“…Then turning toward the woman he (Jesus) said to Simon (the Pharisee), ‘Do you see this woman? I entered your house, you gave me no water for my feet, but she has wet my feet with her tears and wiped them with her hair. You gave me no kiss, but from the time I came in she has not ceased to kiss my feet. You did not anoint my head with oil, but she has anointed my feet with ointment. Therefore I tell you, her sins, which are many, are forgiven, for she loved much; but he who is forgiven little, loves little.’” (Lk 7: 44-47)

This sinful woman “loved much,” says the Lord. But who is it that this woman “loved much”? It is interesting to me that our Lord does not specify. It is clear from her actions that she loved our Lord “much.” But He says about her, generally, that she “loved much.” Because, I suspect, she generally “loved much,” and gave of herself wholeheartedly, often irrationally, to others. She did this in love, – with all that love entails, like forgiving other sinners, perhaps her many lovers, who may have “trespassed against” her all the time, in her sinful life. This “loving much,” as awkward as it was in the life of this woman, does not go unnoticed by the One Who knows our hearts. He gives her a break and says to her, “Your sins are forgiven,” and “Your faith has saved you; go in peace.” (Lk 7: 48, 50)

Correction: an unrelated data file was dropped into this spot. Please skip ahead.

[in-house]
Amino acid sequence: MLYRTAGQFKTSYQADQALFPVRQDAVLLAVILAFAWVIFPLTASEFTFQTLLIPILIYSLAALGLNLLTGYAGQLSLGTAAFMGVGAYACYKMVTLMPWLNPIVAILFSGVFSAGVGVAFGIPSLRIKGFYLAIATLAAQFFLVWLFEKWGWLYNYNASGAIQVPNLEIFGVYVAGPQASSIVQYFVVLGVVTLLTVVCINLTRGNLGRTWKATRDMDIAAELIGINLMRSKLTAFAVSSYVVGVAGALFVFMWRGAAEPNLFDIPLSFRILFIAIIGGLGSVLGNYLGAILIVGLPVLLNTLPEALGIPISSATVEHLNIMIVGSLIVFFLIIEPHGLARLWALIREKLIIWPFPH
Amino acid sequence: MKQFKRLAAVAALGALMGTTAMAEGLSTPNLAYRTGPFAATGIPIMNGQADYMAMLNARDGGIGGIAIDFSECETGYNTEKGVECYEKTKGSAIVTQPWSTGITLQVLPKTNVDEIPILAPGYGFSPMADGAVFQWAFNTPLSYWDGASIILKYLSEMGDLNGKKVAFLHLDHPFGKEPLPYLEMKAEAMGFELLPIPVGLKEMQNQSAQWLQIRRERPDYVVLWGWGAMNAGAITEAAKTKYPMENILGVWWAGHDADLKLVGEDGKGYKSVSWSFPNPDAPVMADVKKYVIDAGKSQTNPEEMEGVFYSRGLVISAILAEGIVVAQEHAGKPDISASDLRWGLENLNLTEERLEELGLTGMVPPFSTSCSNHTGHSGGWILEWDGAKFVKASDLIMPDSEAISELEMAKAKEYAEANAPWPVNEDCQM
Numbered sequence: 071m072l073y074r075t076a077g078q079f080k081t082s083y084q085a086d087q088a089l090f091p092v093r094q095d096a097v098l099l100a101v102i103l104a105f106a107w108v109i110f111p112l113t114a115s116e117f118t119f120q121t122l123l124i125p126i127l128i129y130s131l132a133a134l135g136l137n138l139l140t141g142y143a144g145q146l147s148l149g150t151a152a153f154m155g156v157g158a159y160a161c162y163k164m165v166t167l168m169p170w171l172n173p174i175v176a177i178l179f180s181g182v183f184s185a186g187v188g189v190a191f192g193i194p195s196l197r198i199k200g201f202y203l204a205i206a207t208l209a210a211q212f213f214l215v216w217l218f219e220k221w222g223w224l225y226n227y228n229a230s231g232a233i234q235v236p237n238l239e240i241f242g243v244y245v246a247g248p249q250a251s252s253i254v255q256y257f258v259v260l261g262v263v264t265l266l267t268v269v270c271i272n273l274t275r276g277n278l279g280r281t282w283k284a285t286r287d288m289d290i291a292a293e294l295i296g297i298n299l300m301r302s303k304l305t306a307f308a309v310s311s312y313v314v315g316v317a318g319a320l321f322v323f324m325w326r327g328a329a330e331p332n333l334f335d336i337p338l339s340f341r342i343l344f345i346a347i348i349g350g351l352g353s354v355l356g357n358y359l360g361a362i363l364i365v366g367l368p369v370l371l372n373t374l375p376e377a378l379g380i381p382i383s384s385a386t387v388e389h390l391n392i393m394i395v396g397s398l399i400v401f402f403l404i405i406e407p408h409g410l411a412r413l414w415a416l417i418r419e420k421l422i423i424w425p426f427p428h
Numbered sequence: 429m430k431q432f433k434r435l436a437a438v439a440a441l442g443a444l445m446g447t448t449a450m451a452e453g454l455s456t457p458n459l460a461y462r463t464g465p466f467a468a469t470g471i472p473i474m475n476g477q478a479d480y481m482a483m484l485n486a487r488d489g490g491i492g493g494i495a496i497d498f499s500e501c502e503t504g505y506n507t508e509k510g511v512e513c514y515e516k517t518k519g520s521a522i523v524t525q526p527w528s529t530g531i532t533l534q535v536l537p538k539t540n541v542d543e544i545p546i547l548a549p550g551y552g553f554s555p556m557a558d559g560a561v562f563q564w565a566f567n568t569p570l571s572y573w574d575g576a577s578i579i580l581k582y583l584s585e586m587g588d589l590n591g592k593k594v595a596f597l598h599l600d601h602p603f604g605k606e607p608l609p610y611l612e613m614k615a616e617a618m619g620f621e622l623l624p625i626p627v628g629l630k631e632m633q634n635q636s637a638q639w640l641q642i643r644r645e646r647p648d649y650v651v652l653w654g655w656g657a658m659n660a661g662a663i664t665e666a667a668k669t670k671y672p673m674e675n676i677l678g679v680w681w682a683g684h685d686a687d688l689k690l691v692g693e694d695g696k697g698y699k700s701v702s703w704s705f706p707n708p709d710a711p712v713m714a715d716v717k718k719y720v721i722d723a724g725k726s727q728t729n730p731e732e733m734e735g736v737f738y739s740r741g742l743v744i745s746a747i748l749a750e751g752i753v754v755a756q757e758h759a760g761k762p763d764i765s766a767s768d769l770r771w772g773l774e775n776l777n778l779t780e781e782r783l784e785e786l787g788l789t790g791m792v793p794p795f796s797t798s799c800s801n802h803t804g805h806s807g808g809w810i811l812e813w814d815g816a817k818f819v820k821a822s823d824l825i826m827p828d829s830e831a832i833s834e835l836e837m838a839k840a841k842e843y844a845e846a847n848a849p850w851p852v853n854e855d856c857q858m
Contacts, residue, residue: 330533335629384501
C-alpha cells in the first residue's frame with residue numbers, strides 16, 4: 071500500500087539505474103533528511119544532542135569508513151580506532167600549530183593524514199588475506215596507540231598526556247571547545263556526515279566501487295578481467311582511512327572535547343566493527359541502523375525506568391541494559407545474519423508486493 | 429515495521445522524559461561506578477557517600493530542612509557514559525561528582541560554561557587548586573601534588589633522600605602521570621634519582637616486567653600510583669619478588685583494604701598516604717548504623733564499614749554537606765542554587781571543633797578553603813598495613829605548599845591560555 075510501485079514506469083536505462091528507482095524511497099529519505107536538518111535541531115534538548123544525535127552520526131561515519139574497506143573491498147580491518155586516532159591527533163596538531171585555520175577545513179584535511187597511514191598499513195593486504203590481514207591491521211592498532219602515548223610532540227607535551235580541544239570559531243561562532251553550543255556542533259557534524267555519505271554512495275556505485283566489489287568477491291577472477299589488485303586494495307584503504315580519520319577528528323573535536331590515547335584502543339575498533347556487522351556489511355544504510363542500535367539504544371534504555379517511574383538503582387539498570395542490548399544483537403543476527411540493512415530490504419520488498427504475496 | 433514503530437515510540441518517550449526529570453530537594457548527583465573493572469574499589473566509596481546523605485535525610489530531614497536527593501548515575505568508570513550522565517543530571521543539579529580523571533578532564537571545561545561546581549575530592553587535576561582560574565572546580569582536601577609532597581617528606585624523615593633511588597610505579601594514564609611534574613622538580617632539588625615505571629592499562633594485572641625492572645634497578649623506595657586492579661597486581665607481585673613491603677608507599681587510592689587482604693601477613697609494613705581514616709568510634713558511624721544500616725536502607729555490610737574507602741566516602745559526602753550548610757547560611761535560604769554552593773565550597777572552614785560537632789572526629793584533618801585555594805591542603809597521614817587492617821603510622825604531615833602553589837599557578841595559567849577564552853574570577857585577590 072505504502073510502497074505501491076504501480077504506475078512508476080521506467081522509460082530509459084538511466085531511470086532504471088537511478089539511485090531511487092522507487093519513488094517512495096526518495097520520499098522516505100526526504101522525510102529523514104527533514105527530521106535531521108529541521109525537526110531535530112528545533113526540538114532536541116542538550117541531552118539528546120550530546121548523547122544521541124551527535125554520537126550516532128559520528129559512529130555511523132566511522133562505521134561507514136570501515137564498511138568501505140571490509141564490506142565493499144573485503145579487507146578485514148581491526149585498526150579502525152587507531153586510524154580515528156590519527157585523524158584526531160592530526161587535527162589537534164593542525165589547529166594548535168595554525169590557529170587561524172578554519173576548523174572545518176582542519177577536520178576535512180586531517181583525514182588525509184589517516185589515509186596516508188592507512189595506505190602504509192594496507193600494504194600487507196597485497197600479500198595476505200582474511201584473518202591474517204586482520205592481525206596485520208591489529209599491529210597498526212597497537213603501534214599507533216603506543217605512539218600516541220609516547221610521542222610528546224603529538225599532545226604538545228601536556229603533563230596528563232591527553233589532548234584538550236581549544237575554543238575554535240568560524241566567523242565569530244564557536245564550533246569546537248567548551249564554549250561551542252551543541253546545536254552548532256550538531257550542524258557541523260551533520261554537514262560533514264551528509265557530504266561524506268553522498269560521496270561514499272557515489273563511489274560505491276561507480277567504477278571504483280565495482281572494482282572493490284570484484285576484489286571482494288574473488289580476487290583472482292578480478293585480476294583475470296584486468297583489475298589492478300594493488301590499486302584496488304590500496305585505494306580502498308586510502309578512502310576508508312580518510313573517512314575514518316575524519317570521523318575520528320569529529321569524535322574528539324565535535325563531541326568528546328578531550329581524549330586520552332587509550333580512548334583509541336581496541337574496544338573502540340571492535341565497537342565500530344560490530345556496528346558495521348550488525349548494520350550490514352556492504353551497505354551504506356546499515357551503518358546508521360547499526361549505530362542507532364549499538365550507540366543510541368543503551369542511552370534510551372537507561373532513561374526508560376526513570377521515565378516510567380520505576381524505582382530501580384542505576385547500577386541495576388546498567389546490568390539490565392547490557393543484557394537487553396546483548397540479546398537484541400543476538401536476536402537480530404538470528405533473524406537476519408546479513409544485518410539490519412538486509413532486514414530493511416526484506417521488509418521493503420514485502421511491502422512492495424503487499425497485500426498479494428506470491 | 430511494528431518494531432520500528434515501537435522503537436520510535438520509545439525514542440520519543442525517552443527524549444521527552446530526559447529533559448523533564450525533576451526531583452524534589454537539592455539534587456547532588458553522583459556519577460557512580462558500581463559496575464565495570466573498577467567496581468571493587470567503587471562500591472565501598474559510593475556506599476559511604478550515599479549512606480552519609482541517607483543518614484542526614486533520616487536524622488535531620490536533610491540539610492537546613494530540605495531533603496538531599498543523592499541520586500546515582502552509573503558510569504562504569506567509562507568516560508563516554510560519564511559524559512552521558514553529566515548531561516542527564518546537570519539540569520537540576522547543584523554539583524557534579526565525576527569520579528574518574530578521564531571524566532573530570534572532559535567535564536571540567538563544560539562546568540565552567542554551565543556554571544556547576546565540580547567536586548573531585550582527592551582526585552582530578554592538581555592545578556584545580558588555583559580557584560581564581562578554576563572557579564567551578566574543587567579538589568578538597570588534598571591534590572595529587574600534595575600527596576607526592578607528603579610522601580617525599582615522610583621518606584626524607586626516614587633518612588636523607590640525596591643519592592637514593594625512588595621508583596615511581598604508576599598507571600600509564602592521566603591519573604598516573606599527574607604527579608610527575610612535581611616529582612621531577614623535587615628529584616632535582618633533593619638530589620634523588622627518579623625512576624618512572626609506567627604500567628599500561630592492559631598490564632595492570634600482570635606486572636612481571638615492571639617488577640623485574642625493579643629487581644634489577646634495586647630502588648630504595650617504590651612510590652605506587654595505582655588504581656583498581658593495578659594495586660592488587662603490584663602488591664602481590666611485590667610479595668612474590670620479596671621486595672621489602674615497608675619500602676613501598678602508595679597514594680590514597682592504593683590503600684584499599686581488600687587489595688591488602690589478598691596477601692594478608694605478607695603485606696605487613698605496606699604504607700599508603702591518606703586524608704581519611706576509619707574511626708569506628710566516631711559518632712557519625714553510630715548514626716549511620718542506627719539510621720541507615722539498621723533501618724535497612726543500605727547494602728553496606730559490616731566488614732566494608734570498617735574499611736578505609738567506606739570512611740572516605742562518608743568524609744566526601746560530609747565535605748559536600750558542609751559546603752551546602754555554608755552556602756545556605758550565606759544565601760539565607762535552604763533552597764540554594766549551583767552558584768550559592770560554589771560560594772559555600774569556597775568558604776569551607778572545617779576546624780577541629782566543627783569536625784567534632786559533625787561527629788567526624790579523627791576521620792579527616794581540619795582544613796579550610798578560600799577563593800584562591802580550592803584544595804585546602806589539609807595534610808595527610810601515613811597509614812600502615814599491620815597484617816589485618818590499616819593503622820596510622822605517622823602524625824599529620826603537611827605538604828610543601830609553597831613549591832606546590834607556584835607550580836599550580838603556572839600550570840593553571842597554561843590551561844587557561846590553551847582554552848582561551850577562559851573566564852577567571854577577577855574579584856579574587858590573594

This passage is a great consolation for those of us who have “loved much,” even “too” much, and perhaps irrationally, making spectacles of ourselves, in love, as does this woman in the house of Simon the Pharisee. We can and do turn to the Lord of our hearts, with our tears, and are forgiven, even before we can forgive ourselves. “O Lord, I have cried unto You. Hear me!” (Ps 140/141: 1)

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